Released next week in
via the Now-Again label, this collection of tracks from the ‘70s Indonesian
underground – fuzz, funk and freneticism – is dictatorial-toppling shit.
Seriously. Would we lie to you?
By Fred Mills
Crate diggers have been jazzed by the latterday
proliferation of excavated ‘60s/’70s African and South American rock, funk and
soul, but there remain untapped wellsprings of musicality all across the globe.
Southeast Asia is one of them, and thanks to
the efforts of contemporary acts such as Dengue Fever (who compiled pre-Khmer
Rouge-era rock last year as Electric
Cambodia), interest in the region appears to be on the rise.
Enter the astute archivists of Now-Again, a wing of the
Stones Throw label, with this 20-song comp of unbridled fuzz, funk and freneticism
aiming to tell “the untold story” of the ‘70s Indonesian underground scene that
somehow managed to flourish under the dictatorial-styled, military-backed regime
– tellingly called the New Order – of “President” Suharto. That probably wasn’t
a fluke, either, for history has often shown us how youth culture blossoms
creatively during periods of societal repression and change; think American
psychedelia in the late ‘60s, or the British punk scene under Thatcher and the U.S. hardcore
scene under Reagan.
Those Shocking Shaking
Days is a winner from the get-go. First of all, there’s a mouth-watering
60-page booklet crammed with photos, repros of vinyl and obsessively detailed
liners (courtesy native ex-pat Chandra Drews and hip-hop producer Jason Connoy;
Now-Again mainman Egon’s attention-to-detail production hand is clearly felt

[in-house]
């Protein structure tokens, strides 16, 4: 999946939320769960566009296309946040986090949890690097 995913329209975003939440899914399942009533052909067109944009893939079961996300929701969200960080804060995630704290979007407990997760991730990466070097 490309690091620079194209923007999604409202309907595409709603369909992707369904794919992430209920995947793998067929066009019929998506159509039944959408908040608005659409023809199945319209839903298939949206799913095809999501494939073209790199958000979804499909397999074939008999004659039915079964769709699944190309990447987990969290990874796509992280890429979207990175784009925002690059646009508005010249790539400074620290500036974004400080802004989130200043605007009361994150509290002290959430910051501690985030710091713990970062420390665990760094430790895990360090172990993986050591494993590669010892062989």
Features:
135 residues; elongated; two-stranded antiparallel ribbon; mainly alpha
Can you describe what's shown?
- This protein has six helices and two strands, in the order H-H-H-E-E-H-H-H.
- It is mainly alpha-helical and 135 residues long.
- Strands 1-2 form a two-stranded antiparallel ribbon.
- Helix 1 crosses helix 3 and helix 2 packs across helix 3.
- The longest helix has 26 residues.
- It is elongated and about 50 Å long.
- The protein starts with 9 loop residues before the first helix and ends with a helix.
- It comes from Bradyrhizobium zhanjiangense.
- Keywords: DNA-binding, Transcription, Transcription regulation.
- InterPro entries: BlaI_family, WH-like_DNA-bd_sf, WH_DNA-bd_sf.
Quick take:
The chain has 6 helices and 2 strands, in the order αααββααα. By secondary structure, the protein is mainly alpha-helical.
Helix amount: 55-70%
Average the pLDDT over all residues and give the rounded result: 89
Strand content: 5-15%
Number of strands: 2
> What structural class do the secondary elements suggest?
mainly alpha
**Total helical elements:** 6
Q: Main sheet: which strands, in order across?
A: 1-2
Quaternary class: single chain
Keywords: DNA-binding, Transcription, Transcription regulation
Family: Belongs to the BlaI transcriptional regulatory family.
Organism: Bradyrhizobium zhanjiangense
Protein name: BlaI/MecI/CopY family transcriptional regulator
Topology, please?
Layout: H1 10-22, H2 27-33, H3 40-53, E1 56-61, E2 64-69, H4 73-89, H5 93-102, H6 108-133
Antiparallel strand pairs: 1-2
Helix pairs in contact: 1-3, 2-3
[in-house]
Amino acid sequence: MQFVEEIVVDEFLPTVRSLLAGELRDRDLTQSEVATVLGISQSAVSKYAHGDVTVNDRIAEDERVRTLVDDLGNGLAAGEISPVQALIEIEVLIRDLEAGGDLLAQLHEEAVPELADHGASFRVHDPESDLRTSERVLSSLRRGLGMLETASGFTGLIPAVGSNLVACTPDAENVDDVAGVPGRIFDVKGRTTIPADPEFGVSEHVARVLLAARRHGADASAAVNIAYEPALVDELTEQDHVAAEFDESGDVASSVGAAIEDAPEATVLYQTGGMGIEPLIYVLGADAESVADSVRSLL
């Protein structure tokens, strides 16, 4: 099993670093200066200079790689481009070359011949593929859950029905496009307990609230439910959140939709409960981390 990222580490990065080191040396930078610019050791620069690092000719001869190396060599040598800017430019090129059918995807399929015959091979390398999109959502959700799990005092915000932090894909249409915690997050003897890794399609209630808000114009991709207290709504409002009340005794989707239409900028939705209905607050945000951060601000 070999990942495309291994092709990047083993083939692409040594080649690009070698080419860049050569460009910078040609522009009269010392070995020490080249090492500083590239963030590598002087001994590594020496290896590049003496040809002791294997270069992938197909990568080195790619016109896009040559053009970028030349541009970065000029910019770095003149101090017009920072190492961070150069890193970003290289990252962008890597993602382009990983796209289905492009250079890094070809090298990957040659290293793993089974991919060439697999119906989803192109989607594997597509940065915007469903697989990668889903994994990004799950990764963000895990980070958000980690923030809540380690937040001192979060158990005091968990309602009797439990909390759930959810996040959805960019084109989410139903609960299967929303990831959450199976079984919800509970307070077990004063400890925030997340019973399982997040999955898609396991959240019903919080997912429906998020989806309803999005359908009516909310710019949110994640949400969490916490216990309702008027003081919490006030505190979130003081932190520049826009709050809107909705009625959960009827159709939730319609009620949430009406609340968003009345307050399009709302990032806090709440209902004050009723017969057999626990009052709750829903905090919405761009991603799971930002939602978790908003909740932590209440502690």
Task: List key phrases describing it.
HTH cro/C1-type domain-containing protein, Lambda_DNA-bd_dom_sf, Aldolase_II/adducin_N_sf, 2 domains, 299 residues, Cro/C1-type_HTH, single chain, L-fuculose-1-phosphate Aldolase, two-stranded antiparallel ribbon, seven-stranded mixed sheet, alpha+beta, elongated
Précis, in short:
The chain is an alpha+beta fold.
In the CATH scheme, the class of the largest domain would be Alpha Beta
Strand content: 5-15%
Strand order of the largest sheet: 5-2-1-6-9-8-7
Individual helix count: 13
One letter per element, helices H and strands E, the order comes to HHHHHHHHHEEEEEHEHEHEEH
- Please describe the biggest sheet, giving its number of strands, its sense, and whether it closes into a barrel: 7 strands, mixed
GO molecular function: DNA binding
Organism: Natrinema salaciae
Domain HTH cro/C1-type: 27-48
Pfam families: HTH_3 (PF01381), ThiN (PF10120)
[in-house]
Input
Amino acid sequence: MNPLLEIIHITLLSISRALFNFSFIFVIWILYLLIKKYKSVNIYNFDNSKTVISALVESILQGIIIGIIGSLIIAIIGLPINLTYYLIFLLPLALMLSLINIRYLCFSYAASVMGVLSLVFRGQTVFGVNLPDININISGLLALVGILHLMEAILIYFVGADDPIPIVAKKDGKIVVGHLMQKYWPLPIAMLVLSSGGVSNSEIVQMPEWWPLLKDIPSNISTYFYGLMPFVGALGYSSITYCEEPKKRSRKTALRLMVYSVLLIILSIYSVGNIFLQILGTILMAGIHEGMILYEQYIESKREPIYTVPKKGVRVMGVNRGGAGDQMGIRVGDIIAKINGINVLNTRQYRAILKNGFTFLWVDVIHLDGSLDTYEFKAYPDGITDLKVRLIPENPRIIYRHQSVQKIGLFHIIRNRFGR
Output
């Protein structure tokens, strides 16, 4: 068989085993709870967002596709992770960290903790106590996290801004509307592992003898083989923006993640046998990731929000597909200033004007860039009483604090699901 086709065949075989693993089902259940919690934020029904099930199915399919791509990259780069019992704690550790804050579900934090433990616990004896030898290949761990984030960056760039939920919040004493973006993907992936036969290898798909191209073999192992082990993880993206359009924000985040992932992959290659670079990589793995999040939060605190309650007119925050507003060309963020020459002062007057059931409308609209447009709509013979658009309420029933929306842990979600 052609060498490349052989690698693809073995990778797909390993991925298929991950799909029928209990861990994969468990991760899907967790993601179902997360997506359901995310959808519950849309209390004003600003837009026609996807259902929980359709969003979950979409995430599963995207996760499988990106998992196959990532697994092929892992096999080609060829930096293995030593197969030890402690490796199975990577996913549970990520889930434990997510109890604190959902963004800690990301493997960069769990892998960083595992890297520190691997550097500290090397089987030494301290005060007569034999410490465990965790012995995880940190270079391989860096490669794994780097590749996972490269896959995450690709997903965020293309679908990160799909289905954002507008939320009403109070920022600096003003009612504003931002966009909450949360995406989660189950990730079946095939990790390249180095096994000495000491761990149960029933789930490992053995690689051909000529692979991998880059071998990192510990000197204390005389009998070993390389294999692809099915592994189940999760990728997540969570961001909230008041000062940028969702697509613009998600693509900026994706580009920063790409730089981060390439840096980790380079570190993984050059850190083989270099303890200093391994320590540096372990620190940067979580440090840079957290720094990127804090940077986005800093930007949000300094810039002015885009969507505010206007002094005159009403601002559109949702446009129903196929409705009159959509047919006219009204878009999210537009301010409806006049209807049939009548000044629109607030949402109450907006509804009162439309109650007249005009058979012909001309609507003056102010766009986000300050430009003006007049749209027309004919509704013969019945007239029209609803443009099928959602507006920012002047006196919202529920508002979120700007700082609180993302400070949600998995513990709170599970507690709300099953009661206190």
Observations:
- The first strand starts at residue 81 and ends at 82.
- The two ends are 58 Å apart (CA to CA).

here as well). With a couple hundred words devoted to each band, not to mention
a pair of lengthy introductory essays to place everything in its proper
context, the booklet literally serves as a music history class-worthy treatise,
required reading for any serious student of non-Western sounds.
Shocking Shaking Days serves up everything from the hypnotic, horn-laden
neo-Afrobeat of the Black Brothers and the thick, extemporaneous, JBs-styled
funk of Aka, to the unhinged lo-fi garage of The Brims and the hard-edged
psychedelia (think Deep Purple) of Freedom of Rhapsodia. And the group Panbers,
four brothers (full band name: Pandjaitan Bersaudara, hence the
easier-to-pronounce moniker) from Palembang, South Sumatra, serves up the
rocking yet insistently tuneful “Haai,” sung in their native tongue, helping
illustrate why the brothers became huge stars at home and even found themselves
as opening act for the Bee Gees (!) when the Gibbs came to Jakarta in ’74. (No
less a collector than Henry Rollins recently enthused, in a KCRW-FM broadcast,
over Panbers and the TSSD collection
If all this sounds like a recipe for eclecticism, welcome to
the feast. Roll over Beethoven, and tell Suharto the news.